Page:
It’s not news about the Drake v Meek Mill battle. Apparently Meek Mill requested a feature verse from Drake for a song and Drake submitted what Meek Mill claims was someone else’s verse. Meek Mill then called Drake out and accused him of having a “ghostwriter.”
So I’m less concerned about the gossip and the controversy over whether or not Drake has a ghostwriter. I would doubt it but it’s of less concern to me as is the Hip Hop part of all this. I try not to use the term “beef” as the media has twisted the word far from its street origin when it just meant you had an ought with someone else. The media plays it as this huge hatred that makes 2 artists arch enemies that will do anything to crush one another. In truth, a beef is not that serious. In the streets it could mean 2 people come 2 blows to settle the disagreement or they come to terms and correct the misunderstanding. The same 2 people could be good friends and go on being friends after they have squashed their beef. But I digress.
In Hip Hop a beef is meant to battled out in verses and so when Hip Hop heads hear that 2 artists are beefing they immediately get their ears ready to hear some battle rap. Sometimes its a freestyle, sometimes its a track directed towards the other artist. However, historically it doesn’t come to blatant comments given on social media and interviews. The 2 artists have it out in the art. In this case Meek Mill’s comments were made on twitter which is why at first I was going to ignore the whole thing but Drake in traditional Hip Hop fashion responded in his track Charged Up (Read & Listen to “Charged Up” by Drake on Genius).
Drake’s Charged Up
Drake’s track has received some criticism and elicited the comment from Meek Mill as being “soft.” It’s true that Drake didn’t produce an energy filled rant that one usually expects; think Tupac’s Hit ‘Em Up (Read & Listen to “Hit ‘Em Up” by 2Pac on Genius). Or a gritty witty response like Nas’ Ether (Read & Listen to “Ether” by Nas on Genius). However, it’s Drake we’re talking about, and although he has dropped some grittier material than Charged Up, I think it’s part of the point he’s making. Charged Up has that dark, looming production with a reserved monotone flow that is kind of signature Drake. Being that his authenticity is being questioned it would seem understandable that he would bring an energy that he is uniquely known for. Also, Drake – even in the action of responding lyrically- is approaching the battle with an arrogant and mature high road air that says ‘I’m responding to you but I’m not worried about ’cause I’m here and I’m here for a reason.’ Remember it was Drake that declined to do a response verse to Kendrick Lamar’s Control strike. So it makes sense that Drake’s response has an almost matter-of-fact feel to it. He’s responding but he’s not trying to let anyone think he’s sweating it. I, too, expected to hear something different but I wouldn’t call it soft. But I guess that’s why 4 days later Drake came up with Back to Back.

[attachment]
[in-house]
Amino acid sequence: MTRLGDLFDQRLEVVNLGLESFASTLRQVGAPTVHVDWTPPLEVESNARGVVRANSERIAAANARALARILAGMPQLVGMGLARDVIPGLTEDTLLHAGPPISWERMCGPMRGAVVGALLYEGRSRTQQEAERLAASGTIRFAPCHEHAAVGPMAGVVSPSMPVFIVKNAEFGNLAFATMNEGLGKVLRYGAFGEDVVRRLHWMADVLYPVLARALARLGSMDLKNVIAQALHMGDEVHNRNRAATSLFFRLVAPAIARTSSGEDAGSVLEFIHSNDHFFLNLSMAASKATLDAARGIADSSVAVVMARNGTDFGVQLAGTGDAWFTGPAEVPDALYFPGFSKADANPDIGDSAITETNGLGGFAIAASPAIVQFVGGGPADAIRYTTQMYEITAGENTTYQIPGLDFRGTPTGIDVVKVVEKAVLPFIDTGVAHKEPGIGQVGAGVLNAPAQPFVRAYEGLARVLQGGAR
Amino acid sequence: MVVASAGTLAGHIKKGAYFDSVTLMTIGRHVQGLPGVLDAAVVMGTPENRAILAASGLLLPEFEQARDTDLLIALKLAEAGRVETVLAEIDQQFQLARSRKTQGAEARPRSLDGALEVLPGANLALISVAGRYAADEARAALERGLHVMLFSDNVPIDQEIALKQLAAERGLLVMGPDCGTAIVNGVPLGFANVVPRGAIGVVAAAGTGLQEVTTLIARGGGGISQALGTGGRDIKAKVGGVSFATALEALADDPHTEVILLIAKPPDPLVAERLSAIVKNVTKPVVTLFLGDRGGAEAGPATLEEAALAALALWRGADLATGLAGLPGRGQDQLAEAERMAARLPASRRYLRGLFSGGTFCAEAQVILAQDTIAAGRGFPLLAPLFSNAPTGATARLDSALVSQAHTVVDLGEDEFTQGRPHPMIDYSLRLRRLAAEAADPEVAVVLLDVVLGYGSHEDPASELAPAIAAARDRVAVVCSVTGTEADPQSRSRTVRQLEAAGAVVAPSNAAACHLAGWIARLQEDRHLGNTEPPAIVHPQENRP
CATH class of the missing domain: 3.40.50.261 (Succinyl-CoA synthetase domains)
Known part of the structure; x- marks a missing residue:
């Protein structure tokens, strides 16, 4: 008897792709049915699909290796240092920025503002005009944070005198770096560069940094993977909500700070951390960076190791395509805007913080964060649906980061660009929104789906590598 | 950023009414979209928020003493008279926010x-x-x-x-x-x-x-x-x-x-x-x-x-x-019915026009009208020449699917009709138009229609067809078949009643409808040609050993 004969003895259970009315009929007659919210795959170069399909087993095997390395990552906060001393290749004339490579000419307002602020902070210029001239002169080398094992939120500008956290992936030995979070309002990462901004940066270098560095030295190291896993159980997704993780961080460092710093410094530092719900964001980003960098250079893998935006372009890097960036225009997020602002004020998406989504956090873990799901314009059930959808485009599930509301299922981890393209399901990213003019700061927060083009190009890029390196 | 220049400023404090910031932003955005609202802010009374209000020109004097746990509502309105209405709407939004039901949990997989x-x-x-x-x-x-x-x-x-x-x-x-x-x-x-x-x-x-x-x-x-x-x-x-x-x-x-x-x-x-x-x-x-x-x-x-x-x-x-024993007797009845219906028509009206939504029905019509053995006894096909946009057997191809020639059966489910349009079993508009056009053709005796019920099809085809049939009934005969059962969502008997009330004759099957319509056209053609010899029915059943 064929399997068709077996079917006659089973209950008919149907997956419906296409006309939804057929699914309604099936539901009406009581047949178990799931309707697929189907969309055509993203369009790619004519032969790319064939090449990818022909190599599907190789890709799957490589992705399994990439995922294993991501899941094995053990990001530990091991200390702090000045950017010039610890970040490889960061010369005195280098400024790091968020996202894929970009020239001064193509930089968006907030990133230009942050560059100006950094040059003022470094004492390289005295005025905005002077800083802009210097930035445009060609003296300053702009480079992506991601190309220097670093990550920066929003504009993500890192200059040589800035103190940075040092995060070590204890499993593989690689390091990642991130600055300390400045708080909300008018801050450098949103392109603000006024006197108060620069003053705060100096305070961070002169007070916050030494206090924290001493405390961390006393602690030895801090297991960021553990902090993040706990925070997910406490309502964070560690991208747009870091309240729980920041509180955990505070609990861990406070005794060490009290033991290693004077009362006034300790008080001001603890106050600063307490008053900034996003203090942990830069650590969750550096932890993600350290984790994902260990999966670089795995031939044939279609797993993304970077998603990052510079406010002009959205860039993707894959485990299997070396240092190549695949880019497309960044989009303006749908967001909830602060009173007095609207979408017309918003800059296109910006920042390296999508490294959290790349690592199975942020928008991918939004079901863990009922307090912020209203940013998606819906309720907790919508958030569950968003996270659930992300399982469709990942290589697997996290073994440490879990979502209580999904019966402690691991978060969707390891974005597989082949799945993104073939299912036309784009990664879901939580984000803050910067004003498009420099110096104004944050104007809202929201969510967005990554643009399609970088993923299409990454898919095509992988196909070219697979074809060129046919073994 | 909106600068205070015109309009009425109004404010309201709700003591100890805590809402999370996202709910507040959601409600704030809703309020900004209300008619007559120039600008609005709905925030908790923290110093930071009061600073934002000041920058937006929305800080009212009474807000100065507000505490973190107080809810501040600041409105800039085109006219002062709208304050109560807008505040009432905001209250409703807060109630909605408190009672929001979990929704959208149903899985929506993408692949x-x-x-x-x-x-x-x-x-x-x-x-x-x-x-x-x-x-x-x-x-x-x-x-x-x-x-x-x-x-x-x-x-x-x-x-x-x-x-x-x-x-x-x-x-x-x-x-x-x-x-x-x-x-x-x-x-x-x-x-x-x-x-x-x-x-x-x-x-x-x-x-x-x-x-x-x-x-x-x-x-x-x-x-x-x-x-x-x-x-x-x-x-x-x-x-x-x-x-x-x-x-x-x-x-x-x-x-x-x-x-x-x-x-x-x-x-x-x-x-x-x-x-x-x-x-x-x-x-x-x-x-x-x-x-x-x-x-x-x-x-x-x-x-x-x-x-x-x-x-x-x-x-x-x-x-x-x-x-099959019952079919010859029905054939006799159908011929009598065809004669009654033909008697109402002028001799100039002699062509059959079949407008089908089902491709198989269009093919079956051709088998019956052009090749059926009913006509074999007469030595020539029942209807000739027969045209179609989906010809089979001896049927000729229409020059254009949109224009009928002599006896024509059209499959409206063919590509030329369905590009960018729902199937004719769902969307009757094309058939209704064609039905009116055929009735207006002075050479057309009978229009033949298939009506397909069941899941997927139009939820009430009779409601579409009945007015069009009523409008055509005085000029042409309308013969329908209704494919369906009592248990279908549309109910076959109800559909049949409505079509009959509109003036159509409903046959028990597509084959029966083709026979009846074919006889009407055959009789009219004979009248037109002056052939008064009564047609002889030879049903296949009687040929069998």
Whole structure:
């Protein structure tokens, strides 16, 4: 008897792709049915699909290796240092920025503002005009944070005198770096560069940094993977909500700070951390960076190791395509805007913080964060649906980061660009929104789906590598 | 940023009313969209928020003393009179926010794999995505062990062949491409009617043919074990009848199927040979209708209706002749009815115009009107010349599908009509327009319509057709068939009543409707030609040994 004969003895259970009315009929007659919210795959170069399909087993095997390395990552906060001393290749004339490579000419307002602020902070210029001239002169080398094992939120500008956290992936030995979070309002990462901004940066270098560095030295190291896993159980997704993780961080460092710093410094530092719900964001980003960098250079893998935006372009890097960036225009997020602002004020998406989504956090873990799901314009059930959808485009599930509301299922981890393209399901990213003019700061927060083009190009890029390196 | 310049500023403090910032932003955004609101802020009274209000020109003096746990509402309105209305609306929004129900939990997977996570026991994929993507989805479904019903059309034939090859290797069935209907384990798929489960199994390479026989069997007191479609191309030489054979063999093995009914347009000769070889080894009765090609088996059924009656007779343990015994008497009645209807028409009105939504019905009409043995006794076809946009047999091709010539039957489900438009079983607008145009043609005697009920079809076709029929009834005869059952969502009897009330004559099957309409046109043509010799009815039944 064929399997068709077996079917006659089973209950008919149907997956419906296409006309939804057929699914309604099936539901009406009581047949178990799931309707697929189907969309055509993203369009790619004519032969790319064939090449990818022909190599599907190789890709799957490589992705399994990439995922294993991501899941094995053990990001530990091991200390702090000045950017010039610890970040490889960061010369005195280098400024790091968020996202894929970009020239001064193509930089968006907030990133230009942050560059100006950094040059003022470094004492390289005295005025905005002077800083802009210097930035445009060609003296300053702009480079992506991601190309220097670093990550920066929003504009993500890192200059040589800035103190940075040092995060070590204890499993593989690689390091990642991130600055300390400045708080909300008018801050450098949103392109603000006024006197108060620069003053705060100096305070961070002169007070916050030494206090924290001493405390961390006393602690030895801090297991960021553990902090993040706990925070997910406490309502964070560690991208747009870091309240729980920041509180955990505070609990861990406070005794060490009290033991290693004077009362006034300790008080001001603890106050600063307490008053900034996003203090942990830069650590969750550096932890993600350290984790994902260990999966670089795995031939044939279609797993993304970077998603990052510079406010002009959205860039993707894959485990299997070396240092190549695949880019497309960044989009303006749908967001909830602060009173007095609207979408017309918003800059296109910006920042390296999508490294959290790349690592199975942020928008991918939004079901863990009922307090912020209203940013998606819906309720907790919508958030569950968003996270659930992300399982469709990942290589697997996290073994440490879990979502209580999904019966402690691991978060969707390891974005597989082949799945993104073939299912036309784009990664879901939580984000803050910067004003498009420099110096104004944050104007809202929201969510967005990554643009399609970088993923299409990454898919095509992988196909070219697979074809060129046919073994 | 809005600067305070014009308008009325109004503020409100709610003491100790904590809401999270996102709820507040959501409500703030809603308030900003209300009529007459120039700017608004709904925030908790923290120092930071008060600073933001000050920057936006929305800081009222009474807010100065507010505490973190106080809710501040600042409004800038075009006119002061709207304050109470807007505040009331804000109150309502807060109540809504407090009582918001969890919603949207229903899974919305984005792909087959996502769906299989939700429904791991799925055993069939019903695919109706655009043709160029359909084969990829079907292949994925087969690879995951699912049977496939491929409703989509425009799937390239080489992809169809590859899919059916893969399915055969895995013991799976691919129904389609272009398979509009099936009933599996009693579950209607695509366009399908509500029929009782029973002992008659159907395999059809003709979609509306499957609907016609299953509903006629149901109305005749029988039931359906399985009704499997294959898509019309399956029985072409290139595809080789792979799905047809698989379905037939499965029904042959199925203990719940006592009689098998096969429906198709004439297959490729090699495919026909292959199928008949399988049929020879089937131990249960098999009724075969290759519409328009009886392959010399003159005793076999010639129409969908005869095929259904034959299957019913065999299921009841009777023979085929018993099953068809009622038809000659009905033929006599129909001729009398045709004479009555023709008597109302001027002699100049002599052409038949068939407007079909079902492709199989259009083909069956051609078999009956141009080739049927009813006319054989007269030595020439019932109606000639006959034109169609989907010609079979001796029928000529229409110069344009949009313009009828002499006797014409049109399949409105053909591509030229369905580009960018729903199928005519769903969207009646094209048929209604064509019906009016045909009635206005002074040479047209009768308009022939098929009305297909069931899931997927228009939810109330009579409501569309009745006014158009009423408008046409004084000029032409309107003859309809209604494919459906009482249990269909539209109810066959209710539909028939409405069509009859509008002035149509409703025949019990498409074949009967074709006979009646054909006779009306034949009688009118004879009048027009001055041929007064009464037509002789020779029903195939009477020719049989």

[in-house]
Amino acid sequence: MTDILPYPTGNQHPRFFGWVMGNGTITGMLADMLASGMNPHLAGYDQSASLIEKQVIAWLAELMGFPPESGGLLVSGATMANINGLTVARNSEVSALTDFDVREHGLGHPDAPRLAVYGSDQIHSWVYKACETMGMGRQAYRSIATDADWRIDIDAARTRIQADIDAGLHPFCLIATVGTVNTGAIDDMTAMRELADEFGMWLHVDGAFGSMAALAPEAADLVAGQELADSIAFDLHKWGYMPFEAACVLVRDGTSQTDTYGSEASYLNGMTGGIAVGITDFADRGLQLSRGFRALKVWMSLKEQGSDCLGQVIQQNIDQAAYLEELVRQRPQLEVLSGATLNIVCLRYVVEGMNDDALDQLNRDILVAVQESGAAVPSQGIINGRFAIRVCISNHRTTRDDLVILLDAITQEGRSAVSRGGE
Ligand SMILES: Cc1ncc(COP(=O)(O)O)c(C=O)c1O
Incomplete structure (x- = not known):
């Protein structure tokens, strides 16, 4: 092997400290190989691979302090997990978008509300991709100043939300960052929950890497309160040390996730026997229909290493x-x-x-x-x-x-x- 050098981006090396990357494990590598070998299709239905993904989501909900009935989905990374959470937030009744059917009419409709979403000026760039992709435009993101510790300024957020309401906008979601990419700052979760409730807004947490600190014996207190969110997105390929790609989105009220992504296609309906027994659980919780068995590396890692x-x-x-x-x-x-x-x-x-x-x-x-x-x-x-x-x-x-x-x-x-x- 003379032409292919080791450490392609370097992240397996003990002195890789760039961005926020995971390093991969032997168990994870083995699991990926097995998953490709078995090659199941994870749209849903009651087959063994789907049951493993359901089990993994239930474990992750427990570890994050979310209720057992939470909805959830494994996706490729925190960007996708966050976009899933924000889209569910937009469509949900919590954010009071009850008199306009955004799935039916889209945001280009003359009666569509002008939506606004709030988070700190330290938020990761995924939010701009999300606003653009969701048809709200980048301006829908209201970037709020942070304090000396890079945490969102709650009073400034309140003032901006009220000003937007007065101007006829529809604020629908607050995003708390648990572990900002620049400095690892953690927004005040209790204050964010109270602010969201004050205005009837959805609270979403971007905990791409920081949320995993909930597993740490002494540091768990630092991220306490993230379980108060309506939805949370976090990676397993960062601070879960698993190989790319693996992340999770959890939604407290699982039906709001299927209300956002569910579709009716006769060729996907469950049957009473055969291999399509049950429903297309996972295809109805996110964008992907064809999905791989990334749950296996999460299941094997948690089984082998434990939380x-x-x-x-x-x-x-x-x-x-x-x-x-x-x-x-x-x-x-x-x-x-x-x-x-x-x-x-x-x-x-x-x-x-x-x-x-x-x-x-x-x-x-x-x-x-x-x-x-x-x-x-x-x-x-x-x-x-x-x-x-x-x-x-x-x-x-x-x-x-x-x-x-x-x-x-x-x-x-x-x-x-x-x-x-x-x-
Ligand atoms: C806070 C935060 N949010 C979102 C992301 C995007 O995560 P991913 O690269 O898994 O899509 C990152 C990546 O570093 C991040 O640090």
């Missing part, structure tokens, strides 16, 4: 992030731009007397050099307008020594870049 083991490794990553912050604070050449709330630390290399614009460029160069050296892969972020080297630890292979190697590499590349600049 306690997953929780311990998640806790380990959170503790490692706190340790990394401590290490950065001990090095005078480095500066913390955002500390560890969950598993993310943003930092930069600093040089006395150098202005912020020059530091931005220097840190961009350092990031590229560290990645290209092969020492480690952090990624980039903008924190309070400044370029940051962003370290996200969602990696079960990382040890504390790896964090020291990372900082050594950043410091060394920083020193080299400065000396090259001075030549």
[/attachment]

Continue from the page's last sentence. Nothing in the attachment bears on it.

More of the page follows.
Drake’s Back to Back
This one definitely had more energy without departing from Drake’s signature dark production. He was more witty in his rhymes and the song seemed more thoughtful than reactive like Charged Up. And as Drake spits in the song, you can hear how this track could be played directly behind the first track and create a versatile and interesting response as a collection. Drake didn’t cut any corners on creativity as you can hear the track getting as much radio play as any single off of his albums. But Drake does enter a disclaimer in the song stating that he’s taking time from working on his next album to perform “charity” and respond to Meek Mill but he’s not thinking he will need to respond again. So whether or not that means we can expect to hear a reaction track to Meek Mill’s response is not likely.
Meek Mills’ Wanna Know dropped this week and the people weren’t impressed (Read & Listen to “Wanna Know” by Meek Mill on Genius). Meek Mill received a number of cracks and comments on social media calling the track lame. Drake responded with a photo of himself laughing. Meek Mill’s offering definitely lacked the creativity and wit of Drake’s tracks and relied more heavily on blatant jabs and references to embarrassing Drake incidents while repeating the fact that Drake doesn’t write his own rhymes and uses Quentin Miller as a ghostwriter.
Sidebar: Quentin Miller is credited on Drake’s If You’re Reading This It’s Already Too Late and has publicly recounted how he met Drake and the fact that he collaborated on a couple of songs but that the album was mostly finished and his contribution was limited.
With the public response to Meek Mill’s track it is not likely that Drake will feel the need to respond. And it seems to bring an anti-climactic end to the “beef” between Drake and Meek Mill. And the damage is done. Drake appears to have come out on top and Meek Mill appears to have embarrassed himself somewhat because despite his accusations and the fact that more than a few people might agree with him on Drake’s less than hardcore demeanor and the fact that Meek clearly has the girl Drake was once enamored with, the kid got bars where Meek seems to come up short.
I’m not sayin; I’m just sayin,
An Angry Black Man